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January 16, 2017 / Congau

Animal Rights?

Do animals have rights? It’s a weird question and it’s not so clear what it actually means. If human beings have rights (and even that is far from evident) it’s because they live in a system of mutual dependence with other individuals of their species. People may have rights if it has been granted them by someone, probably with the expectation that they contribute their share in the form of duties. The state may give rights within a system of citizenship and human rights are only conceivable with a full understanding of what it means to be human. Obviously animals are not and cannot be a part of a human interactive system; we cannot expect anything from them.

There’s a strange modern fashion that ethics has to be expressed in the language of rights. That is by no means necessary. Denying animals rights is not the same as allowing them to be mistreated. They are living things that are capable of suffering and we shouldn’t let any creature suffer if we can avoid it.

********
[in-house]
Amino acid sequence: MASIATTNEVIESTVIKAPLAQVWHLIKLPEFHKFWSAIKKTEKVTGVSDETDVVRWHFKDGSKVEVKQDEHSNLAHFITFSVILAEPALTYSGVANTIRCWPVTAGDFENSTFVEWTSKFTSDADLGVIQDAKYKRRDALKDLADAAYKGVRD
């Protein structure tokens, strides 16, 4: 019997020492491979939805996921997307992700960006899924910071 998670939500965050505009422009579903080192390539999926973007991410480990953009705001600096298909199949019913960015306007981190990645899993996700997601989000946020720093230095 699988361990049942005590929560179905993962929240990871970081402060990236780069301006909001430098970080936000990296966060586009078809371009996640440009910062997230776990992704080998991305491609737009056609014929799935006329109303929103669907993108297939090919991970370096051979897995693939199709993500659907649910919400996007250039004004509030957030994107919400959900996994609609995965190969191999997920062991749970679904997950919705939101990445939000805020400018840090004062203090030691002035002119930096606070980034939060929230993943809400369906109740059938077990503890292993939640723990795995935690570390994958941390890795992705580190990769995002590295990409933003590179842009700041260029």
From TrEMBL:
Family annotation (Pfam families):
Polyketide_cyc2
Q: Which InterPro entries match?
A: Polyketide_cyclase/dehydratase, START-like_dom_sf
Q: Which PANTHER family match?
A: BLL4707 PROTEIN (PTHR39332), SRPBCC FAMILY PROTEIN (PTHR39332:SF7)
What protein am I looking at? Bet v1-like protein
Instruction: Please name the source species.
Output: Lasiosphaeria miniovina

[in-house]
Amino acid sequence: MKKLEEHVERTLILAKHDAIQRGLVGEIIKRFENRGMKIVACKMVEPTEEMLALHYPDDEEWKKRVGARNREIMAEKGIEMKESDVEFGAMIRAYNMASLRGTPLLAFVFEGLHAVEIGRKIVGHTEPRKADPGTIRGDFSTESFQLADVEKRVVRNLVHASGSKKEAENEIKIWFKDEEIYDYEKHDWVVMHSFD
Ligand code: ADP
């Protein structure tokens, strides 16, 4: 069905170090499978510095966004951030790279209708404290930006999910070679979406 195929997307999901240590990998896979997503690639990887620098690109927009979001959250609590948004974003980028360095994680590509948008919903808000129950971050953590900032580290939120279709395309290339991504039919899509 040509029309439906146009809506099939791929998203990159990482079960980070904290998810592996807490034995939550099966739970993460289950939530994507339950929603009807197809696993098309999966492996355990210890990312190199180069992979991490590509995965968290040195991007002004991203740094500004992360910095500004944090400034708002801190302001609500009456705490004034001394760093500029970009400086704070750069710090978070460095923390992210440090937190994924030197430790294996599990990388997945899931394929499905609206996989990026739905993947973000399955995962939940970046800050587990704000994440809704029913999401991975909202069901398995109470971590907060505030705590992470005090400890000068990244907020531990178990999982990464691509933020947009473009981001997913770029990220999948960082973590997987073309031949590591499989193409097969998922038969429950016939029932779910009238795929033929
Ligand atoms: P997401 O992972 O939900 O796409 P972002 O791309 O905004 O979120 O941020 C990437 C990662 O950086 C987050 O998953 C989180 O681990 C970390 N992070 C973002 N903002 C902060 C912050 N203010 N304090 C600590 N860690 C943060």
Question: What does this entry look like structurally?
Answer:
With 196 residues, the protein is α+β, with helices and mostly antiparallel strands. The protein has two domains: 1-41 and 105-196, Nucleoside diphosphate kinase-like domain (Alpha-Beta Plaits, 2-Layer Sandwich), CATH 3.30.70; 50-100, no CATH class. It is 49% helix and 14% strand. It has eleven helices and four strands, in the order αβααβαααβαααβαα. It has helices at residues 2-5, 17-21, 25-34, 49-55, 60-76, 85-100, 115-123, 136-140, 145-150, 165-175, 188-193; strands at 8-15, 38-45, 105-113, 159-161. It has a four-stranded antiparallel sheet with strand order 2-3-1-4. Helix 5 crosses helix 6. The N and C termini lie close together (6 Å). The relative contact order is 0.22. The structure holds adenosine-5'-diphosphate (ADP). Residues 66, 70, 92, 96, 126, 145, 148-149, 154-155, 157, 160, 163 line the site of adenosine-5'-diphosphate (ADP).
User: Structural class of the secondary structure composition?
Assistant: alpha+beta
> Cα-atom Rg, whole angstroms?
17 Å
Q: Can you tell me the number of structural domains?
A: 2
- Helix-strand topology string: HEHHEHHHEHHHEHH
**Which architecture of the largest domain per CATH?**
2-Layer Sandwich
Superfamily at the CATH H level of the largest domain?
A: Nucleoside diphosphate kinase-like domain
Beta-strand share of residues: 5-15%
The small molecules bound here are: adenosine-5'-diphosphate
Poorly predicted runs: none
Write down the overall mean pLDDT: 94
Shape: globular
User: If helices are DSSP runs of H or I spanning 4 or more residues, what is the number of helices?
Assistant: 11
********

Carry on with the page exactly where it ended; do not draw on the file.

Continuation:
Where could a system of rights for animals possibly come from if it allows them to be killed and eaten and used for labor? We don’t imagine that we treat them the way they would have wanted if they could have expressed their view. Those imaginary rights are arbitrarily adjusted to human inclinations simply stating that you can treat animals however you like as long as it is necessary for your purpose.

Rights are either negotiable or fundamental, but animal rights can be neither. We cannot negotiate with animals and their “rights” are arbitrary.

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